Will Policy Makers Turn A Global Economic Slowdown Into A Crisis?

The recent macroeconomic data of the leading economies point to a widespread slowdown. What is more concerning is not just a logical moderation in the path of growth, but the acceleration in the weakening of economies that were supposed to be stronger and healthier. It is even more concerning that this aggressive worsening of key leading indicators in China, the EU, and most emerging economies happens at the peak of the largest monetary and fiscal stimulus in decades.

It is easy to blame this widespread weakening on political headlines, trade wars, and — of course —Trump, but it would be disingenuous to believe those are the real factors behind the negative economic surprise.

The pace of global recoveries since 1975 has been slower and weaker, consistently, according to the OECD. Recoveries take longer and happen slower. At the same time, periods of crisis are less aggressive albeit more frequent than prior to 1975. Another interesting evidence of the crises and recoveries since 1975 is that almost all economies end the recession period with more debt than before.

These factors are all concerning, but the evidence also shows that economic progress has continued regardless and that the main factors of wellbeing have improved dramatically. I had the opportunity of meeting Johan Norberg, author of “Progress” and we discussed all the positive elements we have seen in the past decades. In the same period, from 1975 to 2018, extreme poverty has been reduced to all-time lows. Hunger, poverty, illiteracy, child mortality… all those terrible problems have been dramatically reduced to the lowest levels in history. That is the positive.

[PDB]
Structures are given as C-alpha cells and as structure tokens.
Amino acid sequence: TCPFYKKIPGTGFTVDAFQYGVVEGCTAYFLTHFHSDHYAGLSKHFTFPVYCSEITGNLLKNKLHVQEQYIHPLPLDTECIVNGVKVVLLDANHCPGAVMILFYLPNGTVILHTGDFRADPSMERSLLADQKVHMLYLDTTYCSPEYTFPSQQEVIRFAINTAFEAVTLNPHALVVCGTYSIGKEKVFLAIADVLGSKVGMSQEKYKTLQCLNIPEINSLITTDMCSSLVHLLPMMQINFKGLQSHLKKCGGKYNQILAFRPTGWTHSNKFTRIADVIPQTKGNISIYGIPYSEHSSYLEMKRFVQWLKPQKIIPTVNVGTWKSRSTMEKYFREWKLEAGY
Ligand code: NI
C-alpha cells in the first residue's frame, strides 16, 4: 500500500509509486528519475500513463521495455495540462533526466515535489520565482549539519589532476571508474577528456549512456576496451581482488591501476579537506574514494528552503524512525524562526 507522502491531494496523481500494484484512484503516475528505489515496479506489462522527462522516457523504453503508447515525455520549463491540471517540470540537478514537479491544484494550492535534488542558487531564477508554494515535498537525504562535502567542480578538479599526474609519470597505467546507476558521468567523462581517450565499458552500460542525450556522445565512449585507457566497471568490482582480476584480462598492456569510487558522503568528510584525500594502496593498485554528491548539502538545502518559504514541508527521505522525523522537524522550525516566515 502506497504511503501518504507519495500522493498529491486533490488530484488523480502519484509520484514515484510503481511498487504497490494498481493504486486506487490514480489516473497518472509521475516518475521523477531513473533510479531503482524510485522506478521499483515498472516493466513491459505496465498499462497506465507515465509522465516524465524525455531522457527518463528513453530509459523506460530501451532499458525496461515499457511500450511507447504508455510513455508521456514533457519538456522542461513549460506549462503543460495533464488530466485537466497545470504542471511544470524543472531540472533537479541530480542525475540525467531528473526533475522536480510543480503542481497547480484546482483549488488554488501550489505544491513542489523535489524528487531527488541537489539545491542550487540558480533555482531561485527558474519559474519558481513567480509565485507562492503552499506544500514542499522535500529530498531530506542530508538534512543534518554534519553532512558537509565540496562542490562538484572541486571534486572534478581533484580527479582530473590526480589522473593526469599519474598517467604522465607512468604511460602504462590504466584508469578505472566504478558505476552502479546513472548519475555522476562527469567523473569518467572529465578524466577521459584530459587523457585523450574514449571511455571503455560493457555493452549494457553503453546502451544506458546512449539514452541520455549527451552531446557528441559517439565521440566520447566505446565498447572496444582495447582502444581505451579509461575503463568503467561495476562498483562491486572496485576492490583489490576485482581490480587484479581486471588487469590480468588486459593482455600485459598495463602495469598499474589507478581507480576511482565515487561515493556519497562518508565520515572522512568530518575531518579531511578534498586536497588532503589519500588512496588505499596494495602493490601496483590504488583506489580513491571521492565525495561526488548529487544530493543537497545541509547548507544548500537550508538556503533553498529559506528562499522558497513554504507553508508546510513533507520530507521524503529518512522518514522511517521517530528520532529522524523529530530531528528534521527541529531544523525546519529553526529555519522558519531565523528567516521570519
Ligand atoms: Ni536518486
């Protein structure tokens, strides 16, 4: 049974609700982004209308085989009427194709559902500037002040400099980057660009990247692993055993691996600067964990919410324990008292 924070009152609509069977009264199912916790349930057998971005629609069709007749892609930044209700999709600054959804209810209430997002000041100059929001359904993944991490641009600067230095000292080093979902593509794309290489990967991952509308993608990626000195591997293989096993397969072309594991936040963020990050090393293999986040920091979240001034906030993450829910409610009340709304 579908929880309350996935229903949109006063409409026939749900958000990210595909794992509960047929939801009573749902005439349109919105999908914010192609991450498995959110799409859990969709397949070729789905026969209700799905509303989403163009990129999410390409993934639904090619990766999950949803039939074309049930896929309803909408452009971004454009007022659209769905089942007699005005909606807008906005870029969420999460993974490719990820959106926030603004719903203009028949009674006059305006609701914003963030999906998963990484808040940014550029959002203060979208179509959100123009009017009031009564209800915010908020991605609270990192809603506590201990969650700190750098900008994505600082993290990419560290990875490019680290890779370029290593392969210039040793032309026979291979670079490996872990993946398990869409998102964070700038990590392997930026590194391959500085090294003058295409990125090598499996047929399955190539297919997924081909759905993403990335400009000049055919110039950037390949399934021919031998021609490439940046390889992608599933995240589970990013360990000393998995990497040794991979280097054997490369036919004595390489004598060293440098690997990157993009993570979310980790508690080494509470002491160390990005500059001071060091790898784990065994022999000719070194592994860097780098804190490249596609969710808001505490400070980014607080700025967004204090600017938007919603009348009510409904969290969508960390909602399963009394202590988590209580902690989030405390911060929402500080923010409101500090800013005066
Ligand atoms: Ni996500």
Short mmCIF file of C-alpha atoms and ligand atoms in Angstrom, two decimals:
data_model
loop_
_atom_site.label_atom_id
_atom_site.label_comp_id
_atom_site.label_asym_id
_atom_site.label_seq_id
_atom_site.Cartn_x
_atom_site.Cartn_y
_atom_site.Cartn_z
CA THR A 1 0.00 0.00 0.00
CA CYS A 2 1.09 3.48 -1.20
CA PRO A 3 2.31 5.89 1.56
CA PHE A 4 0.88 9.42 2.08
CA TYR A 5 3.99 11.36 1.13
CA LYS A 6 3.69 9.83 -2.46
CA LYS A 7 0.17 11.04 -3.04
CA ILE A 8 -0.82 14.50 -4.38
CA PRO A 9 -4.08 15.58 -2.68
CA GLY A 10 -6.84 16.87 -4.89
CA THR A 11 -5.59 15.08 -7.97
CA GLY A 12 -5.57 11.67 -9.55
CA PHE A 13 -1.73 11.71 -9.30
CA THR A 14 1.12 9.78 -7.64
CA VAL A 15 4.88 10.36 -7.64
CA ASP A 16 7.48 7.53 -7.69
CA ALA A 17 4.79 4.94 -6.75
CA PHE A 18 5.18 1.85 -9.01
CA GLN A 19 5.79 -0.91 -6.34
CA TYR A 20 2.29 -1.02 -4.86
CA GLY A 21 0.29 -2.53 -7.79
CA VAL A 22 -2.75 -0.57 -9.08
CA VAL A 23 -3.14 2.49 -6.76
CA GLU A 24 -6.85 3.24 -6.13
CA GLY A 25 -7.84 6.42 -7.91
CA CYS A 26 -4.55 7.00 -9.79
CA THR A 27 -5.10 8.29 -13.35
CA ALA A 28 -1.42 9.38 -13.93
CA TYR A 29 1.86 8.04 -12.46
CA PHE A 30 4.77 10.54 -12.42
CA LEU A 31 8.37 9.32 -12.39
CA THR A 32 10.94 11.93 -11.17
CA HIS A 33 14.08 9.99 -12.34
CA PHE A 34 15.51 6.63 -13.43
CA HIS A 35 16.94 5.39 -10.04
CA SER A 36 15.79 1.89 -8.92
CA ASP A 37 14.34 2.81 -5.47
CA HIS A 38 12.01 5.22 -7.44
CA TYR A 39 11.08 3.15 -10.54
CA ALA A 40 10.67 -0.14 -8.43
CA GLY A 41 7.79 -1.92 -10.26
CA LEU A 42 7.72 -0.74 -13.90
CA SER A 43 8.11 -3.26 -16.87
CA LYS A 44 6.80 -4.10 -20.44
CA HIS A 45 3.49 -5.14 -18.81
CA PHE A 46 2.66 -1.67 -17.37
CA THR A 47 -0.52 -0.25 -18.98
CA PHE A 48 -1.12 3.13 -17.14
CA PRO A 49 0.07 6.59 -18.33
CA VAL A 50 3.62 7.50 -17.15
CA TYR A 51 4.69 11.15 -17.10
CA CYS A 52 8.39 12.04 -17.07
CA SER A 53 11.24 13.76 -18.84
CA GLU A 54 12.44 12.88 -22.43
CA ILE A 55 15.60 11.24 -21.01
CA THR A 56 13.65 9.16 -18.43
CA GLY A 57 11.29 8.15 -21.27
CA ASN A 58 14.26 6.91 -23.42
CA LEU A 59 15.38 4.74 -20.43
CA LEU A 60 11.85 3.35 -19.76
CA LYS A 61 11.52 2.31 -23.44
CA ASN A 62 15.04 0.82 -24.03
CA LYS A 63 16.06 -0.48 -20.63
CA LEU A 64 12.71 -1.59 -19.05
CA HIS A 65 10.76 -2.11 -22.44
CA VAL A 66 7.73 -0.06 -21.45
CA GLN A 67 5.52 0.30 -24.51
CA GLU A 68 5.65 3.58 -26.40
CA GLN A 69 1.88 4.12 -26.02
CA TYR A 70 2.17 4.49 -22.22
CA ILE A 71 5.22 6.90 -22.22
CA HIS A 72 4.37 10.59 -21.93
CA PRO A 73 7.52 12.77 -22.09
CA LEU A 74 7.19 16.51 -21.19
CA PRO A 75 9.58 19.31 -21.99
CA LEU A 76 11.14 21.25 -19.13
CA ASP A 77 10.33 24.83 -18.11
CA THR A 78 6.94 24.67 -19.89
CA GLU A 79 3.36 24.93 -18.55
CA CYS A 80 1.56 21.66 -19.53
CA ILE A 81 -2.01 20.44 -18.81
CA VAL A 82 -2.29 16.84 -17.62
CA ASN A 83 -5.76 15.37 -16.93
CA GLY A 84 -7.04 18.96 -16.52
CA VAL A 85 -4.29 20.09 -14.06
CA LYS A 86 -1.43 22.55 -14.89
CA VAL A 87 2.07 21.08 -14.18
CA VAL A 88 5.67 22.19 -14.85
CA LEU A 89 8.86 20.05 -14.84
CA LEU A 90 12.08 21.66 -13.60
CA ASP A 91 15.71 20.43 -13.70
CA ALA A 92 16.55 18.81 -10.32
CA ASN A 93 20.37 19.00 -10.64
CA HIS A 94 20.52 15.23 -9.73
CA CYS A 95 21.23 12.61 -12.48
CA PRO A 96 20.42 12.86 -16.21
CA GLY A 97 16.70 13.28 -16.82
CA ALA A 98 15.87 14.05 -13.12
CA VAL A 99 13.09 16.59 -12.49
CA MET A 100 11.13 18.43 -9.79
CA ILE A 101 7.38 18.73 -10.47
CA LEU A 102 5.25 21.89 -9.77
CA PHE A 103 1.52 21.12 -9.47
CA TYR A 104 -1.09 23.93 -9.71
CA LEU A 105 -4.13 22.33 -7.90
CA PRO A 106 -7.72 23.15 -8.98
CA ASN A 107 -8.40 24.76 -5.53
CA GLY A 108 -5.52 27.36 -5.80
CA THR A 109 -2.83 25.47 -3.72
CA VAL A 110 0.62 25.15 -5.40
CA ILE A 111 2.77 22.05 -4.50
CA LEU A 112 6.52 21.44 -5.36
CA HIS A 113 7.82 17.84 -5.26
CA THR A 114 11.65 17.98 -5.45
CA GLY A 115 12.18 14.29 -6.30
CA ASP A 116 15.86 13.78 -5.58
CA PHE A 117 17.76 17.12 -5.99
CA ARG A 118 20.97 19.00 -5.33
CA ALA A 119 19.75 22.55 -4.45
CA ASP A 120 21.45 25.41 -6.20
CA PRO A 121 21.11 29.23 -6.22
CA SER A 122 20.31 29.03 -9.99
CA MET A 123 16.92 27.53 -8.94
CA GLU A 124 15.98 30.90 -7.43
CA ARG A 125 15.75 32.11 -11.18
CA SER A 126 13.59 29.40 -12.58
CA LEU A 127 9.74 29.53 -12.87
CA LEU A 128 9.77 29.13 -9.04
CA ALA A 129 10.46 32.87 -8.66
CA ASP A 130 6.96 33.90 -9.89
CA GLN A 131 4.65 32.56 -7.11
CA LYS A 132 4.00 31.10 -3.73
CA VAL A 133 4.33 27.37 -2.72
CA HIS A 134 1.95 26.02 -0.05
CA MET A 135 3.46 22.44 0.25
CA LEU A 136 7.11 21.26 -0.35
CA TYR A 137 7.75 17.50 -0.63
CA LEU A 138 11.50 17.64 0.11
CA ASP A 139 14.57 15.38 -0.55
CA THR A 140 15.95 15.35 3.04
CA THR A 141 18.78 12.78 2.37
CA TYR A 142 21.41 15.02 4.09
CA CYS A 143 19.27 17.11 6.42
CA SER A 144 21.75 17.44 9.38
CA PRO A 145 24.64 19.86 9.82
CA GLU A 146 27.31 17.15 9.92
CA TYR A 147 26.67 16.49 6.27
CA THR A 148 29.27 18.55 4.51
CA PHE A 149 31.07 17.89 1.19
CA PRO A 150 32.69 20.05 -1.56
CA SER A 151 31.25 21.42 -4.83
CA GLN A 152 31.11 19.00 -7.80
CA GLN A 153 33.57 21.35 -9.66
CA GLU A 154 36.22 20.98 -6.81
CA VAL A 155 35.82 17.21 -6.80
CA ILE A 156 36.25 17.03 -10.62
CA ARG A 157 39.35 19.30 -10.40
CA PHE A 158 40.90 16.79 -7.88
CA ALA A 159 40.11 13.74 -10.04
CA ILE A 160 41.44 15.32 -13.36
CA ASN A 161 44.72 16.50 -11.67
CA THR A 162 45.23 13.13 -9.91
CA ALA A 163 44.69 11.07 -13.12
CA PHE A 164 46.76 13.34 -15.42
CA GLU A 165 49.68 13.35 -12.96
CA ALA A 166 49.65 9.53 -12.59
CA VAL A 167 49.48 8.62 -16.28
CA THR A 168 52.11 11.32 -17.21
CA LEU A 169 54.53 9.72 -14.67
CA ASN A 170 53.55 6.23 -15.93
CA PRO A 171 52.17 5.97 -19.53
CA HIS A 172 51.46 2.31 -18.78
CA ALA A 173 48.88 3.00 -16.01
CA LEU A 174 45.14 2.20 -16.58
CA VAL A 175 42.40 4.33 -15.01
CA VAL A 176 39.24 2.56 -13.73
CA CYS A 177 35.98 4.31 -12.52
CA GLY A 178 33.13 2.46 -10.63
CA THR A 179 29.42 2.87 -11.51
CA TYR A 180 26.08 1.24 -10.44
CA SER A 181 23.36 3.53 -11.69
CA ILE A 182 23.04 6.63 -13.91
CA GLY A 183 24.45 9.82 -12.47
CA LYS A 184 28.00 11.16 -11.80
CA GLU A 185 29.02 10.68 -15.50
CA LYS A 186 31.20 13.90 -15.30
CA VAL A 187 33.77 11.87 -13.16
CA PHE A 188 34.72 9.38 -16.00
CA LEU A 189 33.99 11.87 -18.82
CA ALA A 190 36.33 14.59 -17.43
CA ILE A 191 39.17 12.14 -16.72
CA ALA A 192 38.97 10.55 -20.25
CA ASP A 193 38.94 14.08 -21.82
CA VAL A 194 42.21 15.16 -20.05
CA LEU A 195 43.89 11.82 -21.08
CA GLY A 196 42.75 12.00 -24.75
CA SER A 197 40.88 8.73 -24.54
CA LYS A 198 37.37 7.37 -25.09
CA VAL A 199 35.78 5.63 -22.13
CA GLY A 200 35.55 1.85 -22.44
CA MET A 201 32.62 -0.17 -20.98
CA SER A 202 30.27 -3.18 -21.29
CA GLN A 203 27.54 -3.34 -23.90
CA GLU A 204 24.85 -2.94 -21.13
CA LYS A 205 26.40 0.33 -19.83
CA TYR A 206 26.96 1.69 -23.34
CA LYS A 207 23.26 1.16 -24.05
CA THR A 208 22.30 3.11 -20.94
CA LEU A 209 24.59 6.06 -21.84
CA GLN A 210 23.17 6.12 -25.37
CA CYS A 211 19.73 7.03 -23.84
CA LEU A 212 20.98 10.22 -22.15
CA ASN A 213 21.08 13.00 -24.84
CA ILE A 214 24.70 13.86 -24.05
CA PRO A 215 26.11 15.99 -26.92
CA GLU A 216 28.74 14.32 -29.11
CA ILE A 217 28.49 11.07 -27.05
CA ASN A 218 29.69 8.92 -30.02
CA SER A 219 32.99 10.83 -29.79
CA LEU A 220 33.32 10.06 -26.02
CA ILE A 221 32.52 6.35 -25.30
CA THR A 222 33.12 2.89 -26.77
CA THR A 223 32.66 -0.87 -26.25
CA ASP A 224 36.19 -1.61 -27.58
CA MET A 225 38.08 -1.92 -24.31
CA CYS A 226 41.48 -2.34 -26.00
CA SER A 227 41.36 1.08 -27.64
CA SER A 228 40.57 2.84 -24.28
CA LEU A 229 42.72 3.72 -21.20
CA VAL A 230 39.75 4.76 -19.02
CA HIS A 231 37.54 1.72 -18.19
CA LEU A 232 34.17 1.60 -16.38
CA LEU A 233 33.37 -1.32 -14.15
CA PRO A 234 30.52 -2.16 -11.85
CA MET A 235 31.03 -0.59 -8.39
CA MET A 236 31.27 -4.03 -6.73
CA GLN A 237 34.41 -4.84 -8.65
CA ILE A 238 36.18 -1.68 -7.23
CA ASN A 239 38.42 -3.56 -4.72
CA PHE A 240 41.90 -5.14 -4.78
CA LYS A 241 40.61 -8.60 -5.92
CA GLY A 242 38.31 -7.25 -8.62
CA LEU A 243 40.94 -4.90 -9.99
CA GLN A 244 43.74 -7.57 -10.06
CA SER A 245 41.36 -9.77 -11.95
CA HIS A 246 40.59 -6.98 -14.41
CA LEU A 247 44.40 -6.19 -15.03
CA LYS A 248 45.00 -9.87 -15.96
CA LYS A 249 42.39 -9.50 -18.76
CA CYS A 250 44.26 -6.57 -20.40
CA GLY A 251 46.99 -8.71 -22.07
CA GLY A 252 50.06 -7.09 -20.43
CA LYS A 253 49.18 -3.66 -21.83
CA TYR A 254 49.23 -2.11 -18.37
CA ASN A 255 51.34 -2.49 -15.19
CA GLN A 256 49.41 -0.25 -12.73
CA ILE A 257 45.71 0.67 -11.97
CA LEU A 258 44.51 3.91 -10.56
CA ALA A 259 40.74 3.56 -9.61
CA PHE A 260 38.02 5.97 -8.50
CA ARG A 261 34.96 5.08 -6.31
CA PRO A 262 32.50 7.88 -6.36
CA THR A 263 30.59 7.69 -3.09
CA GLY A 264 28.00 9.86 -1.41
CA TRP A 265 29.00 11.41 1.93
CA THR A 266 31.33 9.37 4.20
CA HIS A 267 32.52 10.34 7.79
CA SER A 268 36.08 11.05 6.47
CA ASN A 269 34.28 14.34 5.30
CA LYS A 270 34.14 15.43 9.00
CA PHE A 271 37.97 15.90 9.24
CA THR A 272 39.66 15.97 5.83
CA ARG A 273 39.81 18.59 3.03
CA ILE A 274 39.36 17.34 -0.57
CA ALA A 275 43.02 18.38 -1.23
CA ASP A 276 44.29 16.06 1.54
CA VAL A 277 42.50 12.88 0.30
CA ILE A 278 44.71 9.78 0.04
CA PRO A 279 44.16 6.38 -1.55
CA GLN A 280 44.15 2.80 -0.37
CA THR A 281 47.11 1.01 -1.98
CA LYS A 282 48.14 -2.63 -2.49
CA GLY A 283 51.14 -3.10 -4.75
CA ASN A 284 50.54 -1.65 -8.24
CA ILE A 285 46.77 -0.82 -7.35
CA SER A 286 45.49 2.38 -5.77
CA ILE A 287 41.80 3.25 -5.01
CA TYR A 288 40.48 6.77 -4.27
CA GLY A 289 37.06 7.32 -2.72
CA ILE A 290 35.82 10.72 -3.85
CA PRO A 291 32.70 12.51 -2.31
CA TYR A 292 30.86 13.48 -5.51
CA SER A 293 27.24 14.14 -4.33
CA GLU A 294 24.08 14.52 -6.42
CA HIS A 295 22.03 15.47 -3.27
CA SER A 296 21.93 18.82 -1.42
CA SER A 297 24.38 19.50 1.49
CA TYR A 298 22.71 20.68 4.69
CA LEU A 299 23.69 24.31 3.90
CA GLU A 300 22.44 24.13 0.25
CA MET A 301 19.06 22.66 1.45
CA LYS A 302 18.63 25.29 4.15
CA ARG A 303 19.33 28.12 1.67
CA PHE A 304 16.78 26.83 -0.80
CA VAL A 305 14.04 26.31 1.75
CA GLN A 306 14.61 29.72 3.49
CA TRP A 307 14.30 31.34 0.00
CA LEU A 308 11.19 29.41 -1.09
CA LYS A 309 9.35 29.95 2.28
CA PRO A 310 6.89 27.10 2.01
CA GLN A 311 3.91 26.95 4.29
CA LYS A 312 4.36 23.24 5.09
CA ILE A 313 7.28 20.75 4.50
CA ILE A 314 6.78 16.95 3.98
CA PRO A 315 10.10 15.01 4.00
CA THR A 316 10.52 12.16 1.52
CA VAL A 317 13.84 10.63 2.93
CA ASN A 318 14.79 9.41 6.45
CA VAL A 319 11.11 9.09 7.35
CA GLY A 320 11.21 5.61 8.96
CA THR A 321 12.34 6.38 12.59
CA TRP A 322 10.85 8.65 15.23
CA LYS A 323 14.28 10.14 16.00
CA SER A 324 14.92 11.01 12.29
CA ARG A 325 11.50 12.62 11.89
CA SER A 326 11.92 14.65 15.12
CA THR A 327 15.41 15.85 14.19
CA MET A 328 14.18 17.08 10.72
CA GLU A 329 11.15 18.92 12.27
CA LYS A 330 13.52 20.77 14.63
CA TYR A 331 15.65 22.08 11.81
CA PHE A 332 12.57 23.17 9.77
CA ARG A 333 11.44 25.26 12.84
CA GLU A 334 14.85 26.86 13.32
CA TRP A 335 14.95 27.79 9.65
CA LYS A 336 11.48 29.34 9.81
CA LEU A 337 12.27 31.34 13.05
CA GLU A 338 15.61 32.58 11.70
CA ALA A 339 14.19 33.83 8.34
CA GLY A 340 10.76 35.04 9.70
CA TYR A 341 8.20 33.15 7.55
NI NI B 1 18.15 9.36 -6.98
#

However, recognizing the positive is important, but ignoring the risks is dangerous. Global debt has ballooned to all-time highs, more than three times the world GDP. For those elements of progress to continue improving, we must stop the race of perverse incentives created by the wrong analysis of the origin of crises and the solutions that are often proposed in mainstream economics and politics. I agree with Norberg that the two main factors that have driven the phenomenal progress we have seen are free markets and openness. The freedom to innovate, experiment, create and share must come with the right incentives.

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